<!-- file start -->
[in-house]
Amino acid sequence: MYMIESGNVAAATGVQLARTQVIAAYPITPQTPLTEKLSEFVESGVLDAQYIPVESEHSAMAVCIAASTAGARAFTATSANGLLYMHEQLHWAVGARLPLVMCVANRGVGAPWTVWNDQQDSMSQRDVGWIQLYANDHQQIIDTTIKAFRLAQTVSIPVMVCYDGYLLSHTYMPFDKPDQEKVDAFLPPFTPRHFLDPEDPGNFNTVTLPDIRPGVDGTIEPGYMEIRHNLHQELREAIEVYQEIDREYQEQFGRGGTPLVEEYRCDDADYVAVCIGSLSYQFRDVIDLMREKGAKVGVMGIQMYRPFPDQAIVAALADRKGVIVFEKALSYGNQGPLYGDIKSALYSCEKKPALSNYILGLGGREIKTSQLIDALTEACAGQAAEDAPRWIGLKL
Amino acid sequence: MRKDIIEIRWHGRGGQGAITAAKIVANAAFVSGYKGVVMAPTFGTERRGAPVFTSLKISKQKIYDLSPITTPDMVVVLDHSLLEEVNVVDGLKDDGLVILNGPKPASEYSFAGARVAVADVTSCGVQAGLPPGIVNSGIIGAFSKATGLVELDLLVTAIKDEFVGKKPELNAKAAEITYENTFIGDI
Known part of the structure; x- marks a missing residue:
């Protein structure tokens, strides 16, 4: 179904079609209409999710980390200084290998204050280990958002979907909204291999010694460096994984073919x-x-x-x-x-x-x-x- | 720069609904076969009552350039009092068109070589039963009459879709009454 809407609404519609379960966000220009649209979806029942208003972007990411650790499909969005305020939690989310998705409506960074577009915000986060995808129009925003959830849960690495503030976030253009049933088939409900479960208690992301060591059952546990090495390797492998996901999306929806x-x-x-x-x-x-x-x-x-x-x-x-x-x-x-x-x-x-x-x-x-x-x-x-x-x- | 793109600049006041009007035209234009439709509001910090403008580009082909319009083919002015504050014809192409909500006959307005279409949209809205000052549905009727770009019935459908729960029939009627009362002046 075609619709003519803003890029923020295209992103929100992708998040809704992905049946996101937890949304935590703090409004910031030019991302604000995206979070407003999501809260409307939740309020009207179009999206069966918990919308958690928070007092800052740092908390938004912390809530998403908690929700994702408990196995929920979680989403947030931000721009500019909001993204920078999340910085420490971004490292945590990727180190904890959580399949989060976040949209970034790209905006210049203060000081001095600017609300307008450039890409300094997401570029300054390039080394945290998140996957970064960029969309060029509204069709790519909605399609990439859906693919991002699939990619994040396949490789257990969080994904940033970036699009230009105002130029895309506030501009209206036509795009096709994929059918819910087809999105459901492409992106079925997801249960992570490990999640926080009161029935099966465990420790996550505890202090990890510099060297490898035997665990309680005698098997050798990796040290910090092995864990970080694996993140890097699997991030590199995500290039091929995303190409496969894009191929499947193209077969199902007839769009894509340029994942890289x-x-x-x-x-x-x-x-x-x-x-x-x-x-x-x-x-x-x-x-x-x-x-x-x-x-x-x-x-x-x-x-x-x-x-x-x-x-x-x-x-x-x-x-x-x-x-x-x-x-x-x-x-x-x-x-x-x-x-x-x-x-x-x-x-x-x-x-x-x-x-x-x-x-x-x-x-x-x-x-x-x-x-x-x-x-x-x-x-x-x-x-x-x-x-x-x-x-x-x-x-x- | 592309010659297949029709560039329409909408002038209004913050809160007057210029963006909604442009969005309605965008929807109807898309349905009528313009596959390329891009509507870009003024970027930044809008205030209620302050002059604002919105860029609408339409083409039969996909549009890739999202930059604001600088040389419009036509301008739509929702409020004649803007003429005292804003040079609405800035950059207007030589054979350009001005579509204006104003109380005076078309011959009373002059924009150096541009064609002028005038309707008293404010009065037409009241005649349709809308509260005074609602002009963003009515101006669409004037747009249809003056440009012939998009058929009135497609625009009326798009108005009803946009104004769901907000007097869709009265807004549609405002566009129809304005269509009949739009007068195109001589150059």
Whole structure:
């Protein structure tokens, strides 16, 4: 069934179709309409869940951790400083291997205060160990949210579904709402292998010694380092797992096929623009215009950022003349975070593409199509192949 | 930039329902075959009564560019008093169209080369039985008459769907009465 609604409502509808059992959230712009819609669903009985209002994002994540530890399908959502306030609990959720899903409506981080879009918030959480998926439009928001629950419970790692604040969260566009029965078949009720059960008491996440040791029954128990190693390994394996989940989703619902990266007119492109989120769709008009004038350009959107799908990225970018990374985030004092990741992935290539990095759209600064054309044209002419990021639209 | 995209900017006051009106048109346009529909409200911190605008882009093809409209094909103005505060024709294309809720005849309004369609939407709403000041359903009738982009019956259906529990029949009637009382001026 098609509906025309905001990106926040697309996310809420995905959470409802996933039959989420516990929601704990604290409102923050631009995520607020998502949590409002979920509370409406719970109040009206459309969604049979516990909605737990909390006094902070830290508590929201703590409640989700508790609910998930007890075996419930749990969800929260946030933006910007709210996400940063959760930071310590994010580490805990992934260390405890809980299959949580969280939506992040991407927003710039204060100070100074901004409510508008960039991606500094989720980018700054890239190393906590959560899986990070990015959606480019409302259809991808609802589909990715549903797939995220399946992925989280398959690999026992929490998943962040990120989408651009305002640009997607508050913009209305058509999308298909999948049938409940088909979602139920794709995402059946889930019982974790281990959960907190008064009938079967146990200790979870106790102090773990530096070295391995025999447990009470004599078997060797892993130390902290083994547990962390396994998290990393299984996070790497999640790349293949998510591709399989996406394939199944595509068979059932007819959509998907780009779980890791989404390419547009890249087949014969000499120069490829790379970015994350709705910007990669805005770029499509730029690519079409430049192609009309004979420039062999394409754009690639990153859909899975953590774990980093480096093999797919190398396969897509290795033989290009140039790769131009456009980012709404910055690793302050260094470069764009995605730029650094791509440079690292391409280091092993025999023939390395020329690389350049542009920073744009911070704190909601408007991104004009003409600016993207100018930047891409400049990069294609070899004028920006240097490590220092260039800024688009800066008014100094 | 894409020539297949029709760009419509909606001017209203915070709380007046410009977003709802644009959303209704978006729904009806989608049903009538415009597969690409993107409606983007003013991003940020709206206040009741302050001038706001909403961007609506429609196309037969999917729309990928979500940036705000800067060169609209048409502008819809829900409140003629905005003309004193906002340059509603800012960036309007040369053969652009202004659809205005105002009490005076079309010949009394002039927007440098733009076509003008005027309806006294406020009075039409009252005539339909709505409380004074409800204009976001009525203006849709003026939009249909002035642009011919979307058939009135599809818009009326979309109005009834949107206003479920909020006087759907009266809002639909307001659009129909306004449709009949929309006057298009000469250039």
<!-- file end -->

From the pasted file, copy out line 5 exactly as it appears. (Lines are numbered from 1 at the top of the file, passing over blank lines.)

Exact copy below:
């Protein structure tokens, strides 16, 4: 179904079609209409999710980390200084290998204050280990958002979907909204291999010694460096994984073919x-x-x-x-x-x-x-x- | 720069609904076969009552350039009092068109070589039963009459879709009454 809407609404519609379960966000220009649209979806029942208003972007990411650790499909969005305020939690989310998705409506960074577009915000986060995808129009925003959830849960690495503030976030253009049933088939409900479960208690992301060591059952546990090495390797492998996901999306929806x-x-x-x-x-x-x-x-x-x-x-x-x-x-x-x-x-x-x-x-x-x-x-x-x-x- | 793109600049006041009007035209234009439709509001910090403008580009082909319009083919002015504050014809192409909500006959307005279409949209809205000052549905009727770009019935459908729960029939009627009362002046 075609619709003519803003890029923020295209992103929100992708998040809704992905049946996101937890949304935590703090409004910031030019991302604000995206979070407003999501809260409307939740309020009207179009999206069966918990919308958690928070007092800052740092908390938004912390809530998403908690929700994702408990196995929920979680989403947030931000721009500019909001993204920078999340910085420490971004490292945590990727180190904890959580399949989060976040949209970034790209905006210049203060000081001095600017609300307008450039890409300094997401570029300054390039080394945290998140996957970064960029969309060029509204069709790519909605399609990439859906693919991002699939990619994040396949490789257990969080994904940033970036699009230009105002130029895309506030501009209206036509795009096709994929059918819910087809999105459901492409992106079925997801249960992570490990999640926080009161029935099966465990420790996550505890202090990890510099060297490898035997665990309680005698098997050798990796040290910090092995864990970080694996993140890097699997991030590199995500290039091929995303190409496969894009191929499947193209077969199902007839769009894509340029994942890289x-x-x-x-x-x-x-x-x-x-x-x-x-x-x-x-x-x-x-x-x-x-x-x-x-x-x-x-x-x-x-x-x-x-x-x-x-x-x-x-x-x-x-x-x-x-x-x-x-x-x-x-x-x-x-x-x-x-x-x-x-x-x-x-x-x-x-x-x-x-x-x-x-x-x-x-x-x-x-x-x-x-x-x-x-x-x-x-x-x-x-x-x-x-x-x-x-x-x-x-x-x- | 592309010659297949029709560039329409909408002038209004913050809160007057210029963006909604442009969005309605965008929807109807898309349905009528313009596959390329891009509507870009003024970027930044809008205030209620302050002059604002919105860029609408339409083409039969996909549009890739999202930059604001600088040389419009036509301008739509929702409020004649803007003429005292804003040079609405800035950059207007030589054979350009001005579509204006104003109380005076078309011959009373002059924009150096541009064609002028005038309707008293404010009065037409009241005649349709809308509260005074609602002009963003009515101006669409004037747009249809003056440009012939998009058929009135497609625009009326798009108005009803946009104004769901907000007097869709009265807004549609405002566009129809304005269509009949739009007068195109001589150059």